Complex diseases often aggregate within families and using the history of family members’ disease can potentially increase the accuracy of the risk assessment and allow clinicians to better target on high risk individuals. However, available family risk scores do not reflect the age of disease onset, gender and family structures simultaneously. In this paper, we propose an alternative approach for a family risk score, the stratified log-rank family score (SLFS), which incorporates the age of disease onset of family members, gender differences and the relationship among family members. Via simulation, we demonstrate that the new SLFS is more closely associated with the true family risk for the disease and more robust to family sizes than two existing methods. We apply our proposed method and the two existing methods to a study of stroke and heart disease. The results show that assessing family history can improve the prediction of disease risks and the SLFS has strongest positive associations with both myocardial infarction and stroke.
family history; family risk; family history score; age of onset; heart disease
Stroke mortality rates differ by race and region, and smoking and exposure to secondhand smoke are associated with stroke. We evaluated regional and racial differences in current smoking and secondhand smoke exposure among participants in the Reasons for Geographic and Racial Differences in Stroke (REGARDS) study.
African American and white adults (n = 26,373) aged 45 years or older were recruited during 2003 through 2007. Logistic regression was used to examine the likelihood of current smoking and secondhand smoke exposure by race (African American vs white) and region. We compared the buckle of the stroke belt (the coastal plain region of North Carolina, South Carolina, and Georgia) with the stroke belt (the remainder of North Carolina, South Carolina, and Georgia, plus Alabama, Mississippi, Tennessee, Arkansas, and Louisiana) and compared each of these regions with the remaining contiguous states.
Among whites, no regional differences in current smoking were seen, but among African Americans, the odds of current smoking were 5% lower in the stroke belt, and 24% lower in the stroke buckle than those in the nonbelt region. Similarly, among whites no regional differences in exposure to secondhand smoke were found, whereas among African Americans, the odds of being exposed to secondhand smoke were 14% lower in the stroke buckle than for nonbelt residents.
These data suggest that rates of current smoking and secondhand smoke exposure are not higher in regions that have higher stroke mortality and therefore cannot contribute to geographic disparities; nevertheless, given that 15% of our participants reported current smoking and 16% reported secondhand smoke exposure, continued implementation of tobacco control policies is needed.
Asthma exacerbations are seasonal with the greatest risk in elementary-age students occurring shortly after returning to school following summer break. Recent research suggests that this seasonality in children is primarily related to viral respiratory tract infections. Regular hand washing is the most effective method to prevent the spread of viral respiratory infections; unfortunately, achieving hand washing recommendations in schools is difficult. Therefore, we designed a study to evaluate the effect of hand sanitizer use in elementary schools on exacerbations among children with asthma.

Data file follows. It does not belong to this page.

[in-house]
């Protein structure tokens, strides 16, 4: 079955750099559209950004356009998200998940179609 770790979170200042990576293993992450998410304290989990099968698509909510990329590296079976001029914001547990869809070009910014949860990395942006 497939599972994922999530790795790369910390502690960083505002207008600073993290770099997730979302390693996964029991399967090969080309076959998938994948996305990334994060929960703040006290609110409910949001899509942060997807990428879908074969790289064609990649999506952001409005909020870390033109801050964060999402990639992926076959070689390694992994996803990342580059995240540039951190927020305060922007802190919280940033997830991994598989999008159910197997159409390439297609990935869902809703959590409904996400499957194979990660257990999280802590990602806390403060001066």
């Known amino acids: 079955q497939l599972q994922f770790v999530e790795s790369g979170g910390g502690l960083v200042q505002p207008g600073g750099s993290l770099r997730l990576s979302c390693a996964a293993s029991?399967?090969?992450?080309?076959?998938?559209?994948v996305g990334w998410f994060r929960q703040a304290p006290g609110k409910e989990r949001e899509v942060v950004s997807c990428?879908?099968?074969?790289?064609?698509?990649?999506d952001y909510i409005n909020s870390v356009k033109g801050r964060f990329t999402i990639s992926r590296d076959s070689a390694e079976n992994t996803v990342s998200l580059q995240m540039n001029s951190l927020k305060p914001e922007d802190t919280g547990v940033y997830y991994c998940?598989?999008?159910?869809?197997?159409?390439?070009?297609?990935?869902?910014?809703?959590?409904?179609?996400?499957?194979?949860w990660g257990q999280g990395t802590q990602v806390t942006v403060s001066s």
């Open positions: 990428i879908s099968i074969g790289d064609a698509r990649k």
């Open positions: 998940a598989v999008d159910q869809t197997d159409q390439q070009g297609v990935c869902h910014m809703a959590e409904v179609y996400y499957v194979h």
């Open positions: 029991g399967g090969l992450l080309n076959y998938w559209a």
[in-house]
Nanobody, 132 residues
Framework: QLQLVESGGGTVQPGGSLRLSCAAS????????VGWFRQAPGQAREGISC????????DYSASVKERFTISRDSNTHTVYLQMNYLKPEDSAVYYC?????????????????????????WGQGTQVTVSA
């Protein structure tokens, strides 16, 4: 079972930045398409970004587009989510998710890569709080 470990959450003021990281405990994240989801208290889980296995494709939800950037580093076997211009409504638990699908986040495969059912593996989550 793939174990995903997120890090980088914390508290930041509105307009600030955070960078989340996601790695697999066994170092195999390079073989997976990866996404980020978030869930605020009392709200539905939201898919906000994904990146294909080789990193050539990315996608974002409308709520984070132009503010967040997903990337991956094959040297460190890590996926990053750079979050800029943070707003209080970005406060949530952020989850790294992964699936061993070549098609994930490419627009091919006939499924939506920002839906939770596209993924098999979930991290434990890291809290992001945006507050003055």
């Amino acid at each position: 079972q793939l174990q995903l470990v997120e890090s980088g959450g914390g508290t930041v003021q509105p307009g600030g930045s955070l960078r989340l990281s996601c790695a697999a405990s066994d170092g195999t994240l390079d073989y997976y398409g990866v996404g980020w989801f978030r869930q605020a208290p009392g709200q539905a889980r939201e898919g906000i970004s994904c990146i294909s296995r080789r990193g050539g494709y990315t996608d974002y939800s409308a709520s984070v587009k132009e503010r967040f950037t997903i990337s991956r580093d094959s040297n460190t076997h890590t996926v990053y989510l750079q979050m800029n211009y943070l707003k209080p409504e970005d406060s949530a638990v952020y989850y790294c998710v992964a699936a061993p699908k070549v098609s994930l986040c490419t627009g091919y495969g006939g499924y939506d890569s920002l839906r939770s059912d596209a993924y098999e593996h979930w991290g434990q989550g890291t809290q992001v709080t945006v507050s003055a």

To describe the process of redesigning the trial in response to changes in the safety profile of the hand sanitizer as well as changes in hand hygiene practice in the schools.
The original trial was a randomized, longitudinal, subject-blinded, placebo-controlled, community-based crossover trial. The primary aim was to evaluate the incremental effectiveness of hand sanitizer use in addition to usual hand hygiene practices to decrease asthma exacerbations in elementary-age children. Three events occurred that required major modifications to the original study protocol: (1) safety concerns arose regarding the hand sanitizer’s active ingredient; (2) no substitute placebo hand sanitizer was available; and (3) community preferences changed regarding hand hygiene practices in the schools.
The revised protocol is a randomized, longitudinal, community-based crossover trial. The primary aim is to evaluate the incremental effectiveness of a two-step hand hygiene process (hand hygiene education plus institutionally provided alcohol-based hand sanitizer) versus usual care to decrease asthma exacerbations. Enrollment was completed in May 2009 with 527 students from 30 schools. The intervention began in August 2009 and will continue through May 2011. Study results should be available at the end of 2011.
The changed design does not allow us to directly measure the effectiveness of hand sanitizer use as a supplement to traditional hand washing practices.
The need to balance a rigorous study design with one that is acceptable to the community requires investigators to be actively involved with community collaborators and able to adapt study protocols to fit changing community practices.
There are pronounced disparities among black compared to white Americans for risk of end-stage renal disease. This study examines whether similar relationships exist between poverty and racial disparities in chronic kidney disease (CKD) prevalence.
We studied 22,538 participants in the REasons for Geographic And Racial Differences in Stroke (REGARDS) cohort study. We defined individual poverty as family income below USD 15,000 and a neighborhood as poor if 25% or more of the households were below the federal poverty level.